“I would never drink if I’m driving”

Any statement like that is a guaranteed shortcut to losing a license appeal case. The Secretary of State can’t even consider any such argument. Instead, it looks to a very clear line of demarcation:

Since people who don’t drink are exactly ZERO risk to drink and drive, they are the only ones who will be able to win a license appeal.

Remember, under the law, to win back one’s driving privileges, a person has to prove, by “clear and convincing evidence,” that he or she has honestly quit drinking, has been sober for that legally sufficient period of time, and is otherwise a safe bet to never consume alcohol (or get high) again.

Put yet another way, a person must prove that he or she is genuinely sober, and essentially lives a sober lifestyle.

In that context, it doesn’t matter how much, in the past, a person may or may not have drank, or how often, but rather just that on multiple occasions, when he or she did, they got caught driving while drunk.

The only bet the state is going to take is the safe bet – and that’s on people who simply do not drink at all.

To put this all together, in order to win a Michigan driver’s license restoration or clearance appeal case, a person must have accepted that he or she cannot drink anymore, made the decision to quit, and have the ability to remain sober for life.

And then, that all has to be proven, within the parameters of the rules governing license appeal, by “clear and convincing evidence.”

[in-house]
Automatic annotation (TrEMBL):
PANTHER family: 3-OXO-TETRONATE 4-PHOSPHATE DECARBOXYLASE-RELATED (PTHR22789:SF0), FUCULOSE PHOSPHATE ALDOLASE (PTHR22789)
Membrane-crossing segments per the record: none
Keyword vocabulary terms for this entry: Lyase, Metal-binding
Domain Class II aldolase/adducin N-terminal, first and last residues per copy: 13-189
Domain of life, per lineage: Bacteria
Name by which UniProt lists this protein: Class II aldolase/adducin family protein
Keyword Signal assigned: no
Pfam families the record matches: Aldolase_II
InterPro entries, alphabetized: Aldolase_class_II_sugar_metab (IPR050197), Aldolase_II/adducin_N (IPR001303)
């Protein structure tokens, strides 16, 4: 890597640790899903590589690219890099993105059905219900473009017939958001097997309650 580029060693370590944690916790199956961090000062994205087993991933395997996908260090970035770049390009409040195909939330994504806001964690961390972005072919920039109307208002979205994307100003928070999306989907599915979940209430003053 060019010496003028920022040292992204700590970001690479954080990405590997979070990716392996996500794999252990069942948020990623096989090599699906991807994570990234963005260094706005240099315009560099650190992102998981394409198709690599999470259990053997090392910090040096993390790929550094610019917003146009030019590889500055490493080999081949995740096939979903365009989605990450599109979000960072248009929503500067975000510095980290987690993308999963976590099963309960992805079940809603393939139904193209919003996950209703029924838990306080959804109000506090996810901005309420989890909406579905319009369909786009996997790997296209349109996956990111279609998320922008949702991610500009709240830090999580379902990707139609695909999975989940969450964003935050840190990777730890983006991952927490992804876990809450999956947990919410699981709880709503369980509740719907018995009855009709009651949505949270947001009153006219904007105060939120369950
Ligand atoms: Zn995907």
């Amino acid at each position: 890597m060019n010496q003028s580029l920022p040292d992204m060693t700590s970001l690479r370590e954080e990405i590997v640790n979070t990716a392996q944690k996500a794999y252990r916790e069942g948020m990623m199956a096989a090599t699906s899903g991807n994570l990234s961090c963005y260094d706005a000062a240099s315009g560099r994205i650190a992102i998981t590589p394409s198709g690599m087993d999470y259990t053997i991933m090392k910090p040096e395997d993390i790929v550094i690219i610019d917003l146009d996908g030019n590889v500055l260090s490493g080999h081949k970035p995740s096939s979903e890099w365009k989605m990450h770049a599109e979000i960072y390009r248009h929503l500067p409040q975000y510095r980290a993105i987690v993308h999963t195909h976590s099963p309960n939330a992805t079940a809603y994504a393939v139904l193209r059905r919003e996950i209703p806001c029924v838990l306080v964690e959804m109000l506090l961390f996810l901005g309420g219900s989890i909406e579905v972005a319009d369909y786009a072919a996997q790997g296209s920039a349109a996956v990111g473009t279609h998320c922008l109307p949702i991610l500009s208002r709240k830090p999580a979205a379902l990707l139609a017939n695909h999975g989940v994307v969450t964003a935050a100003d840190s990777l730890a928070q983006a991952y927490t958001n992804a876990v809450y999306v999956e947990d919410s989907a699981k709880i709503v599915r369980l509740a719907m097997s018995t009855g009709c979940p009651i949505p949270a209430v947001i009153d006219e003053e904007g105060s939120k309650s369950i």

Among the things a person must submit are a clinically accurate and sound substance use evaluation, and relevant testimonial letters of support. Whatever else, these letters have to directly corroborate a person’s sobriety, and cannot be what a colleague of mine calls “good-guy letters,” meaning simple statements about how nice and good a person is, how tough it’s been for him or her to get by without a license, or anything like that.

A key part of our job, as Michigan driver’s license restoration lawyers, is to speak with each potential client at length, and ask the relevant questions to determine if he or she has what it takes to succeed. Our firm guarantees to win every driver’s license restoration and clearance appeal case we take, so the last thing we want to do is simply get paid, take a case that’s not ready to succeed, and then get stuck having to do the whole thing all over again, for free, as “warranty work.”

Accordingly, the consultation is very important, and rather than have someone try to figure all of this out on their own, we invite anyone looking for representation to give us a call so we can sort it out together.

If you are looking for a lawyer to win back your driver’s license, or obtain a clearance of a Michigan hold on your driving record so that you can get a license in another state, be a wise consumer and read around. Pay attention to how different lawyers explain the license appeal process, and how they explain their various approaches to it.

This blog is a great place to start. It is fully searchable, and with over 640 articles in the driver’s license restoration section to-date (and 2 new articles added every week), it has more information that can be found any and everywhere else combined.

When you’ve done enough reading, start checking around; you can learn a lot by speaking with a live person.

Our firm can handle your Michigan license matter no matter where you live. All of our consultations are free, confidential, and done over the phone, right when you call. My team and I are very friendly people who will be glad to answer your questions, explain things, and even compare notes with anything some other lawyer has told you.

We can be reached Monday through Friday, from 8:30 a.m. until 5:00 p.m. (EST) at either 248-986-9700 or 586-465-1980.